At the end of the day however, isn’t being an entrepreneur about building a following for the purposes of monetization? With my “marketing professional” hat on I’ll publicly call out SM “celebrities”, gurus and authors with little real-life marketing experience yet with my entrepreneur cap on, I think: Crap, wish I’d have done that first…could have saved myself years of sweat. (I’m only 1/2 joking)

  7. In your last podcast, Gini Dietrich made a bold point on a common fallacy brands make when hiring internet celebrities to communicate their business brands. The assumption is, if these celebrities were able to do it for themselves they can transition those talents into business sense. Unfortunately, in most cases they cannot.
    My thoughts on gurus and ninjas: the hoards of them flooding the social media marketing space only provide more reason, and purpose for those with a true passion for this industry to continue walking on the edge.

  8. As you know, this is a subject near and dear to my heart! I think what you are struggling with is that accomplishment no longer matters in the online world. It just doesn’t and the sooner you come to grips with that less anxiety you will suffer through : ) Anybody can fake their way to guru-dom. Yes, it’s icky, but it’s real and there is no going back I’m afraid. Today, the pentultimate achievement is becoming KNOWN, not doing stuff.

  9. Good point Mark. And you know what – apps like Klout are now propelling their ability to “fake their way to guru-dom”.
    (couldn’t resist) πŸ˜‰

  10. It’s also not a zero sum game. I spend my days toiling around in the client work too… I just happen to spend some time (at some point in my day) using these channels to helps spread some good cheer about marketing as well. Furthering the point: just because I use it to share, it doesn’t make me an expert, either πŸ˜‰

  11. It’s pretty easy:
    – meet the people.
    – ask for their portfolio.
    – speak to their clients.
    – ask for a commitment of time and effort.
    You can Blog and tweet and have all of the followers in the world, but if you don’t have work (in-market) that is delivering results for your client, then it really is all hot air.

  12. It’s like the old saying that you can’t define porn, but you know it when you see it. Postering, Blog posts or whatever are one thing. Tangible results with happy clients and a successful business is another. You can’t fake that.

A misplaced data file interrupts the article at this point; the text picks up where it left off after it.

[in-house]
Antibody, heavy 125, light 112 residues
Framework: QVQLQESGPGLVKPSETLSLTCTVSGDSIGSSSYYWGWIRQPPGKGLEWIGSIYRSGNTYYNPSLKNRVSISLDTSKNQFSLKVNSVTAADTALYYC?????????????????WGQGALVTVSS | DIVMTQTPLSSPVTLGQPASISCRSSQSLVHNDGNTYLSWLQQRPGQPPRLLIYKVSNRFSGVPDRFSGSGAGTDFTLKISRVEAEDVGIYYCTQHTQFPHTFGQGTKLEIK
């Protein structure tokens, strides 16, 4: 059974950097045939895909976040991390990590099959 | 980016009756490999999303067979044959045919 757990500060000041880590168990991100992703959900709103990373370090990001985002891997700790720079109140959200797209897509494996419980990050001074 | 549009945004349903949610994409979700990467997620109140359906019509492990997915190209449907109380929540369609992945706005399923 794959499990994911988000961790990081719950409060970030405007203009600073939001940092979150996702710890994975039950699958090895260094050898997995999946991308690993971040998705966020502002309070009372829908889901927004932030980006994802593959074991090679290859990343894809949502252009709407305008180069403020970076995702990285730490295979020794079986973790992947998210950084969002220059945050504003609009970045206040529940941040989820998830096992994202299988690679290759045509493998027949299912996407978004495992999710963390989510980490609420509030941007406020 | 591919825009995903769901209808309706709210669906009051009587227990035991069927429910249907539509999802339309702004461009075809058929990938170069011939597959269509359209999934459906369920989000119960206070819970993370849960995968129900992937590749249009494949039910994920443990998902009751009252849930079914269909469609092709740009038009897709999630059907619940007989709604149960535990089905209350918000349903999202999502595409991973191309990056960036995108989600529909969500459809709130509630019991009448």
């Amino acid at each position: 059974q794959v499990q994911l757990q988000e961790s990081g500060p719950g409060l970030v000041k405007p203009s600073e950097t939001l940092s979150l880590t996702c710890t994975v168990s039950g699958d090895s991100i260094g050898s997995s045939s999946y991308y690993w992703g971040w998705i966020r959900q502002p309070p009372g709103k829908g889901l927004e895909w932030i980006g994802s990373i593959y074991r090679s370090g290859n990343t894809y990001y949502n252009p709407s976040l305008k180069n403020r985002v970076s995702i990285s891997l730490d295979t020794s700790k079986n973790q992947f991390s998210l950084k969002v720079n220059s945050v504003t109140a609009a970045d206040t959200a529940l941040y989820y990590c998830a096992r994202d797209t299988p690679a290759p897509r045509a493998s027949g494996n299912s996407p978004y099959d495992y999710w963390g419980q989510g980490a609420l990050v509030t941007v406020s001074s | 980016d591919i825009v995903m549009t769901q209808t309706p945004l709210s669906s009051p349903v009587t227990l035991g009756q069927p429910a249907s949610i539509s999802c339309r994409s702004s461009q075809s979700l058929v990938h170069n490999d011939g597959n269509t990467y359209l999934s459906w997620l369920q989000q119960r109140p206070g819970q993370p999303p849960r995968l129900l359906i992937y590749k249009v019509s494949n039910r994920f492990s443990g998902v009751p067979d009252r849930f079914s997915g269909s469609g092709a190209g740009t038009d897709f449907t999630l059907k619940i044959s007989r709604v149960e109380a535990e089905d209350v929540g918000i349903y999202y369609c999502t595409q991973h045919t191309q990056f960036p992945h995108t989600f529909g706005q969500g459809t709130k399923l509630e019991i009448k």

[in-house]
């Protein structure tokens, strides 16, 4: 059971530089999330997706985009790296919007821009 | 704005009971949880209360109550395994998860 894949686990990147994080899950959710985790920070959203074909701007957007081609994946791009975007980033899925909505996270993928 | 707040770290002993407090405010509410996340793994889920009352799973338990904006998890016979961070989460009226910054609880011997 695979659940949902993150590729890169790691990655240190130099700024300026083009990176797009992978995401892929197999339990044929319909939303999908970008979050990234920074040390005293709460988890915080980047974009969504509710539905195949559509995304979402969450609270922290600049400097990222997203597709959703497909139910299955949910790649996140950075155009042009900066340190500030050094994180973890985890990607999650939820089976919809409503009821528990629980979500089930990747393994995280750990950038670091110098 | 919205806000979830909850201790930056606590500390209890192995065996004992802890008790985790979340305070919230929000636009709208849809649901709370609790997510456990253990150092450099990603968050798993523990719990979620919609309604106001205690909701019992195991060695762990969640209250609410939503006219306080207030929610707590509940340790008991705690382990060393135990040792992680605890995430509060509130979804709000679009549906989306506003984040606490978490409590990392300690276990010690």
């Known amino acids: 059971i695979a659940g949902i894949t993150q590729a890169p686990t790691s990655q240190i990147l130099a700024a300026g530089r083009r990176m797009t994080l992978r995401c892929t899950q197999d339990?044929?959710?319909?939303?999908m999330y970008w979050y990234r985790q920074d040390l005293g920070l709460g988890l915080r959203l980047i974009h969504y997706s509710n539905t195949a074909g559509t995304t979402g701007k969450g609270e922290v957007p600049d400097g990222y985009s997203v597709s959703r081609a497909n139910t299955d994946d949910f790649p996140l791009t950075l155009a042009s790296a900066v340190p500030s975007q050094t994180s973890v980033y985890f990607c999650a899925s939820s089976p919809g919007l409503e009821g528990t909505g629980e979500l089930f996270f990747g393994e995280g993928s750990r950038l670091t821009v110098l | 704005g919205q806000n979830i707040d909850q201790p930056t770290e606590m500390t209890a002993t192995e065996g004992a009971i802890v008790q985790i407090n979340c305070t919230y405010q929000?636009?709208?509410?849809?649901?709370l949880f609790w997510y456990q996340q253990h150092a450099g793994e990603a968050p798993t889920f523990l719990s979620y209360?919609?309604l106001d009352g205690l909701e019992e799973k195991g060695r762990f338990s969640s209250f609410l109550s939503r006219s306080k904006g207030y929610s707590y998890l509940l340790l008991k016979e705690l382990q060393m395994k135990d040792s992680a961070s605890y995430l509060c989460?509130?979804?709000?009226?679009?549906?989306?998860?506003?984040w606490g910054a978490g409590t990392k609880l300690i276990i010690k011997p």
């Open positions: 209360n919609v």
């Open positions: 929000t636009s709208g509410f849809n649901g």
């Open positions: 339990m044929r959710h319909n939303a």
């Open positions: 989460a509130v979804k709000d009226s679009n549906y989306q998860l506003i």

13. Ultimately, the names that we have come to know, love and trust in the Marketing industry will also have the competency in house. Alternately, we’ll know the names of the newer shops who can deliver more than a resume of how many followers they, themselves, have.

  14. Great post! What I’ve noticed lately is how these gurus and ninjas are now becoming targets of derision by the very people who elevated them to this status. We all know that fame is fleeting and many of these social media celebs are now in the process of trying to extend their popularity by entering the next phase: overtly selling their wares/brains. I remember when Chris Brogan came early out of the gate with a course about Google+. The twittersphere was flooded with anti-Brogan sentiment. So I guess the question is: are you only a revered ninja when you don’t cash in on your fame?

  15. It gets a little nerve-wracking – as someone who is trying to build proof of expertise in this area – to see some of the derision for the self-proclaimed guru/expert/ninjas out there. Others have applied those labels to me and I cringe when I hear it. I know I still have much to learn. At the same time, I do have some expertise that allows me to help others.
    So, I practice the old writing adage to show, not tell. I tend to be suspicious of those who are quick to shout out their expertise from the rooftops, whereas those who show the result of their expertise have more credibility in my eyes.

Comments are closed.